The issuance of PPP loan beneficiaries reveals worrying patterns

After months of litigation between the Small Business Administration and news organizations seeking news about pandemic relief programs, the agency released a comprehensive dataset of all small businesses that received a Paycheck Protection Program (PPP) or an Economic Injury Disaster (EIDL) loan on Tuesday night.

The data reveals the most complete account to date of the more than $ 700 billion in forgettable loans introduced by Congress and the Trump administration in the spring for eligible expenses, including payroll, rent, utilities, and mortgage interest.

The first analysis by NBC News, one of eleven newsrooms suing the disclosure, raised questions about the fairness and distribution of loans. The program benefited from properties owned by the Trump Organization, as well as President Donald Trump’s son-in-law, Jared Kushner’s family at the Kushner firms. The data show:

  • More than 25 PPP loans, worth more than $ 3.65 million, were received by businesses with Trump and Kushner real estate titles, paying rent to these owners. Fifteen of the properties themselves reported having only one job, zero jobs, or no number at all.
  • Among the loans for the Trump and Kushner properties were a $ 2,164,543 loan to Triomphe Restaurant Corp., located at the Trump International Hotel & Tower in New York City. The company reported that the money was not used to keep jobs. It closed later.
  • A company called LB City Inc, located at the Kushner’s Bungalow Hotel in Long Branch, New York, received a loan for $ 505,552.50, which it used to preserve 155 jobs.
  • Two tenants of Trump Tower at 725 5th Avenue received more than $ 100,000 and retained only three jobs.
  • Four tenants of Kushner-owned 666 5th Avenue received more than $ 204,000 and retained only 6 jobs.

There were also worrying signs of mismanagement in Tuesday night’s data release. More than 100 loans were granted to companies that did not include a business name, were listed as an “unavailable name,” or showed potential data entry errors, such as names that appear to date or phone numbers. More than 300 companies appear to have received more than $ 10 million in loans through their subsidiaries. Businesses should not have received more than $ 10 million per unit, except for those operating in the food, hospitality or hotel industries.

The results immediately raised concerns with government accountability groups.

“Many months later, with unfulfilled promises, the court ordered the release of this crucial data while the Trump administration stands with one foot in the door, a shameful lack of duty and an explosive mismanagement of a program that millions of workers and small businesses had to get through this epidemic.” said Kyle Herrig, president of Accountability.US, which oversees accountability.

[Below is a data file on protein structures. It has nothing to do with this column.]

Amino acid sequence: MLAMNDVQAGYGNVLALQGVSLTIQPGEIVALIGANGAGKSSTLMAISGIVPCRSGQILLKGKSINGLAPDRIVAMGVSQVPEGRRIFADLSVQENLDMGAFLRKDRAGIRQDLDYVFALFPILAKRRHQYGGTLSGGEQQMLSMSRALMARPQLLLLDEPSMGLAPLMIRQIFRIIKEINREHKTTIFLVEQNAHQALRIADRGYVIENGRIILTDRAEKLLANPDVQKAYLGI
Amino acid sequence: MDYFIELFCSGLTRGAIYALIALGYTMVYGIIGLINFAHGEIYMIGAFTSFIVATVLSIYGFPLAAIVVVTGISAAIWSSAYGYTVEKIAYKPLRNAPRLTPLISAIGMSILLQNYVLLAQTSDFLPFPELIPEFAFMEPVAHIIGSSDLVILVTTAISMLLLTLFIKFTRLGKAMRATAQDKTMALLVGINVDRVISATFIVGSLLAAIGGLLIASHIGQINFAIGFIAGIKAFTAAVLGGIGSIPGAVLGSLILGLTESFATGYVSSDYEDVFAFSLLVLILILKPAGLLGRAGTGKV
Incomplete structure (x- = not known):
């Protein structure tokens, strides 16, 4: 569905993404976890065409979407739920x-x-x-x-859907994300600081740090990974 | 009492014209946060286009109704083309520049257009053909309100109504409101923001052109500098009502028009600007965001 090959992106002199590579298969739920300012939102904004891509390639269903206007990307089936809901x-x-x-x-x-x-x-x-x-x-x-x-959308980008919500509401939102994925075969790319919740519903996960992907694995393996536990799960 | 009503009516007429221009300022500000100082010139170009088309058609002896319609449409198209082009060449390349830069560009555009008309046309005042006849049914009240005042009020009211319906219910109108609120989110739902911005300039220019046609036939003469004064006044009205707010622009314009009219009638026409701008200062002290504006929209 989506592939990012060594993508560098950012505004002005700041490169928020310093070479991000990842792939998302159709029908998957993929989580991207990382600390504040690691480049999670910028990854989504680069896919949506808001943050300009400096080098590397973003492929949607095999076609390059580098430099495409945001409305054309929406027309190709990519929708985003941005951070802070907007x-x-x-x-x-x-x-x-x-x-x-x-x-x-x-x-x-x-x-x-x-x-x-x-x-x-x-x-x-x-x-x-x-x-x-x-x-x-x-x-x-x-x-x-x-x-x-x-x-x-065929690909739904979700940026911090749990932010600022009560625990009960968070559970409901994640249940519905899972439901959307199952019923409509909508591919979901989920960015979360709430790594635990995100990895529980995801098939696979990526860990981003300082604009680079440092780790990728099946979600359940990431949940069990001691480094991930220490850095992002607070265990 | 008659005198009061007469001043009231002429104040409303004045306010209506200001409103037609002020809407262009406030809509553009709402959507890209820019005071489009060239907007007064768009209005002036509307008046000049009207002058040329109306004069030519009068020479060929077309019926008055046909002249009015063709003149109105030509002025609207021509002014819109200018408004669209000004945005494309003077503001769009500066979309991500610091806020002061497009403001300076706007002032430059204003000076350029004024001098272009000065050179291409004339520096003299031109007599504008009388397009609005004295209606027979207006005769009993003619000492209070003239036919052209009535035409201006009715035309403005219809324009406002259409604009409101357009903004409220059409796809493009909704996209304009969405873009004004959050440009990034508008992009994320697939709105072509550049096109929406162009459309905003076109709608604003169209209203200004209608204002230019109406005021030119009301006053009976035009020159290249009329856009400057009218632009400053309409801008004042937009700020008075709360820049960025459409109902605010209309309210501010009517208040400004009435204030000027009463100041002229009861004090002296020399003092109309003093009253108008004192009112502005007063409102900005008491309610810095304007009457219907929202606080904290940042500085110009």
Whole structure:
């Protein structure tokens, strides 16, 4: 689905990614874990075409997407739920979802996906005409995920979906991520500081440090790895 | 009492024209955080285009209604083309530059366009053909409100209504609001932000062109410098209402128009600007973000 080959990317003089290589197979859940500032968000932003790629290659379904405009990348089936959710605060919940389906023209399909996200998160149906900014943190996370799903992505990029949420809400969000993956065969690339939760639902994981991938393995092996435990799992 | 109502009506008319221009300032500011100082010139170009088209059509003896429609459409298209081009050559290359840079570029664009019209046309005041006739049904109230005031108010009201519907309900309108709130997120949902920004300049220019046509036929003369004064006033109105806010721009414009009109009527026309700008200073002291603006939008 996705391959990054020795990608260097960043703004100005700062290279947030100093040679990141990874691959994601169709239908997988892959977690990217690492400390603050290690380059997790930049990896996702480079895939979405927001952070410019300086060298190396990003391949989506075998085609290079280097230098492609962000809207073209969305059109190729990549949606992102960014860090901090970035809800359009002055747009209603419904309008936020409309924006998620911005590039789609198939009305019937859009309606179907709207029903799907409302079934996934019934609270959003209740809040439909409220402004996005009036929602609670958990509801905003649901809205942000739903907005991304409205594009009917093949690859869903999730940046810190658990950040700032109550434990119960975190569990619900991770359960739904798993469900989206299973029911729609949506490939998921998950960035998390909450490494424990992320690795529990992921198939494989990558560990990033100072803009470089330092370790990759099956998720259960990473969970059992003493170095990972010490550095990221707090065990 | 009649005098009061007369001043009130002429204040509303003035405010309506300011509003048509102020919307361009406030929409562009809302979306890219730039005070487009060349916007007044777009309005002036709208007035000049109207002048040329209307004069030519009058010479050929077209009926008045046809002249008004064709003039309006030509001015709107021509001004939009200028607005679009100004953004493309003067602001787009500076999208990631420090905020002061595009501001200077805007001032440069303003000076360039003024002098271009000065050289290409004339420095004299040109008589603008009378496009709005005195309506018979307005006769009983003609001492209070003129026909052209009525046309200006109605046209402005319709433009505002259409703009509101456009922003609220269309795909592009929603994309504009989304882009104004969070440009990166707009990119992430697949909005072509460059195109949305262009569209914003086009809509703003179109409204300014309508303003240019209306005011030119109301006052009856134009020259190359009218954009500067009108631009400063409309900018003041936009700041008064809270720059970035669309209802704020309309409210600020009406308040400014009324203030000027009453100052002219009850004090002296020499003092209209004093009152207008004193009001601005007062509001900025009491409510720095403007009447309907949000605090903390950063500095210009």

Original intention

The original intentions of PPP program officials were to help small businesses payroll, which is struggling with the effects of the corona virus closure. The loans are intended to build a bridge over the summer in hopes of a better economic and health climate in the fall.

But almost from the beginning, the programs, especially the PPP program, have been critical of the way administration and messaging are handled, as well as fairness.

Initially, large national banks only provided loans to customers with whom they had previously had reciprocal relationships. Businesses owned by colorful people without strong banking connections found themselves with limited access and forced them to look for other ways to get financing. There has also been the constant question of what defined “small business” after lobbying by the hotel and catering industry increased the maximum number of employees to 500, even though more than 98 percent of U.S. small businesses have less than 100 employees.

The administration tried to resolve the complaints, for example by setting aside a day for smaller community banks to apply for loans. But even that has suppressed SBA computer systems. All of these contradictions have increased the pressure for transparency.

But unlike previous government rescue programs, the agency has previously issued less detailed versions that claim to have omitted the company names and addresses of borrowers borrowing less than $ 150,000 for privacy reasons. Instead of specific loan amounts, the loans were classified into provinces.

Mixed answers

The SBA defended its management of the program when it released its data Tuesday night.

“The SBA’s historically successful COVID aid loan programs have helped millions of small businesses and tens of millions of U.S. workers when they needed it most,” an SBA spokesman said in a statement accompanying the release.

But as government accountability groups sifted through the data late into the night and uploaded it to publicly searchable databases like, they expressed regret over what had happened to many small businesses, in part because of the mismanagement of the loan program.

“It is only now – after his hand has been forced, hundreds of thousands of small businesses have gone down and millions of taxpayer dollars have been wasted – that administration has pulled down the curtain to expose behind-the-scenes malfunctions,” Herrig said. “Americans deserved an open, transparent small business support program when this pandemic began, and any new small business assistance program must learn from the failures that result from it.”